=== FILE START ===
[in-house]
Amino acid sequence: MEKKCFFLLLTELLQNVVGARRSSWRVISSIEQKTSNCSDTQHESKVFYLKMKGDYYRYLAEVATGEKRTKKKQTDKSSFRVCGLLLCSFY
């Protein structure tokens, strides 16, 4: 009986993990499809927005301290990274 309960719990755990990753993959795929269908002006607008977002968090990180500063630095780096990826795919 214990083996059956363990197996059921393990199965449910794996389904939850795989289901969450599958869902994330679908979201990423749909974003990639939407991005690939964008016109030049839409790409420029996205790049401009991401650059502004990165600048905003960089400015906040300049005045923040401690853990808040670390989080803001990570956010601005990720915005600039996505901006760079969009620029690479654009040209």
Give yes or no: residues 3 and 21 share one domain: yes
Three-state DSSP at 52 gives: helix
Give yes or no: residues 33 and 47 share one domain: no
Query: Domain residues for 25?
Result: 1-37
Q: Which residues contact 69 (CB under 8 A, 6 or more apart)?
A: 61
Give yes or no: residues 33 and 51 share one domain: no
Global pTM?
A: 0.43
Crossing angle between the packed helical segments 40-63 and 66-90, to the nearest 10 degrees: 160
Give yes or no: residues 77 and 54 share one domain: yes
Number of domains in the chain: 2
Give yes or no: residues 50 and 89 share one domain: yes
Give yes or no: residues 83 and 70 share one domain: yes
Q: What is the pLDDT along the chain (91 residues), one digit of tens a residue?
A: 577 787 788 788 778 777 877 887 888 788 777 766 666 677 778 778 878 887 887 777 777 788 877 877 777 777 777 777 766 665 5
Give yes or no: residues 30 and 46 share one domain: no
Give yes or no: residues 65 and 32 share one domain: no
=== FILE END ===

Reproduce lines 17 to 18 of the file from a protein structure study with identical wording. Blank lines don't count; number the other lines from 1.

Give yes or no: residues 50 and 89 share one domain: yes
Give yes or no: residues 83 and 70 share one domain: yes